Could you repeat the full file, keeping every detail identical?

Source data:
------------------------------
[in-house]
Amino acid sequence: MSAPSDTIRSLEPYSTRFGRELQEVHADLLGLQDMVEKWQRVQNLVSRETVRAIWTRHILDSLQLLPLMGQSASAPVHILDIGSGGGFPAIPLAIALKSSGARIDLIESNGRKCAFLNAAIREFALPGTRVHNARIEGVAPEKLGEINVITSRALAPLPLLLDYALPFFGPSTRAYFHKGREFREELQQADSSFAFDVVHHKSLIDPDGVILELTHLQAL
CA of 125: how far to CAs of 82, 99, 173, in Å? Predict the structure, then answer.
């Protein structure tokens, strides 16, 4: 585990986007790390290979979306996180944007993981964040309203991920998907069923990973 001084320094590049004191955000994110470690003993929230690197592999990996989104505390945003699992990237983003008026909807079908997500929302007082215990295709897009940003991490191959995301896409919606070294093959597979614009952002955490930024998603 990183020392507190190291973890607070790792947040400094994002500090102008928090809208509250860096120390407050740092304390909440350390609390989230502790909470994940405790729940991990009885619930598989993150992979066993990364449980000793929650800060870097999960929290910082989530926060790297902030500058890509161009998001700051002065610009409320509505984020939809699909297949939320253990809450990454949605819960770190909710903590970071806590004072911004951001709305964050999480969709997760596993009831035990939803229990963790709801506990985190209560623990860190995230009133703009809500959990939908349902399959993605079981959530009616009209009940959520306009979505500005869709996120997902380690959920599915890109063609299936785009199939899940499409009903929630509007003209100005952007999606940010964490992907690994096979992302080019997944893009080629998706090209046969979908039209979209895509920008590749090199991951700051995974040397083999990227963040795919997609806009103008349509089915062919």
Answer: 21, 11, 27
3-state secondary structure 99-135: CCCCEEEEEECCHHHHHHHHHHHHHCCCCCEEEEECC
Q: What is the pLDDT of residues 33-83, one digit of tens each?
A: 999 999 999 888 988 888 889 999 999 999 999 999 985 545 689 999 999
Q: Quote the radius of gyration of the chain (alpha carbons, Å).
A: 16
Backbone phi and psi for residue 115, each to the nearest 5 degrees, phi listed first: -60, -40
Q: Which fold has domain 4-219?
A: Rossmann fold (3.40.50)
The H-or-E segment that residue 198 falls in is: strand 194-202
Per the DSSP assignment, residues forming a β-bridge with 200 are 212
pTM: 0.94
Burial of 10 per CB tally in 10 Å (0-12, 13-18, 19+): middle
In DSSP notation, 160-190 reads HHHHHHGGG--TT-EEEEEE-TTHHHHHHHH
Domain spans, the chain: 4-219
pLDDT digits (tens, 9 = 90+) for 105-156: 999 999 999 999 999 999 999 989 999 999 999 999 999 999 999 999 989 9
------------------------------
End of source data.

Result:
[in-house]
Amino acid sequence: MSAPSDTIRSLEPYSTRFGRELQEVHADLLGLQDMVEKWQRVQNLVSRETVRAIWTRHILDSLQLLPLMGQSASAPVHILDIGSGGGFPAIPLAIALKSSGARIDLIESNGRKCAFLNAAIREFALPGTRVHNARIEGVAPEKLGEINVITSRALAPLPLLLDYALPFFGPSTRAYFHKGREFREELQQADSSFAFDVVHHKSLIDPDGVILELTHLQAL
CA of 125: how far to CAs of 82, 99, 173, in Å? Predict the structure, then answer.
């Protein structure tokens, strides 16, 4: 585990986007790390290979979306996180944007993981964040309203991920998907069923990973 001084320094590049004191955000994110470690003993929230690197592999990996989104505390945003699992990237983003008026909807079908997500929302007082215990295709897009940003991490191959995301896409919606070294093959597979614009952002955490930024998603 990183020392507190190291973890607070790792947040400094994002500090102008928090809208509250860096120390407050740092304390909440350390609390989230502790909470994940405790729940991990009885619930598989993150992979066993990364449980000793929650800060870097999960929290910082989530926060790297902030500058890509161009998001700051002065610009409320509505984020939809699909297949939320253990809450990454949605819960770190909710903590970071806590004072911004951001709305964050999480969709997760596993009831035990939803229990963790709801506990985190209560623990860190995230009133703009809500959990939908349902399959993605079981959530009616009209009940959520306009979505500005869709996120997902380690959920599915890109063609299936785009199939899940499409009903929630509007003209100005952007999606940010964490992907690994096979992302080019997944893009080629998706090209046969979908039209979209895509920008590749090199991951700051995974040397083999990227963040795919997609806009103008349509089915062919």
Answer: 21, 11, 27
3-state secondary structure 99-135: CCCCEEEEEECCHHHHHHHHHHHHHCCCCCEEEEECC
Q: What is the pLDDT of residues 33-83, one digit of tens each?
A: 999 999 999 888 988 888 889 999 999 999 999 999 985 545 689 999 999
Q: Quote the radius of gyration of the chain (alpha carbons, Å).
A: 16
Backbone phi and psi for residue 115, each to the nearest 5 degrees, phi listed first: -60, -40
Q: Which fold has domain 4-219?
A: Rossmann fold (3.40.50)
The H-or-E segment that residue 198 falls in is: strand 194-202
Per the DSSP assignment, residues forming a β-bridge with 200 are 212
pTM: 0.94
Burial of 10 per CB tally in 10 Å (0-12, 13-18, 19+): middle
In DSSP notation, 160-190 reads HHHHHHGGG--TT-EEEEEE-TTHHHHHHHH
Domain spans, the chain: 4-219
pLDDT digits (tens, 9 = 90+) for 105-156: 999 999 999 999 999 999 999 989 999 999 999 999 999 999 999 999 989 9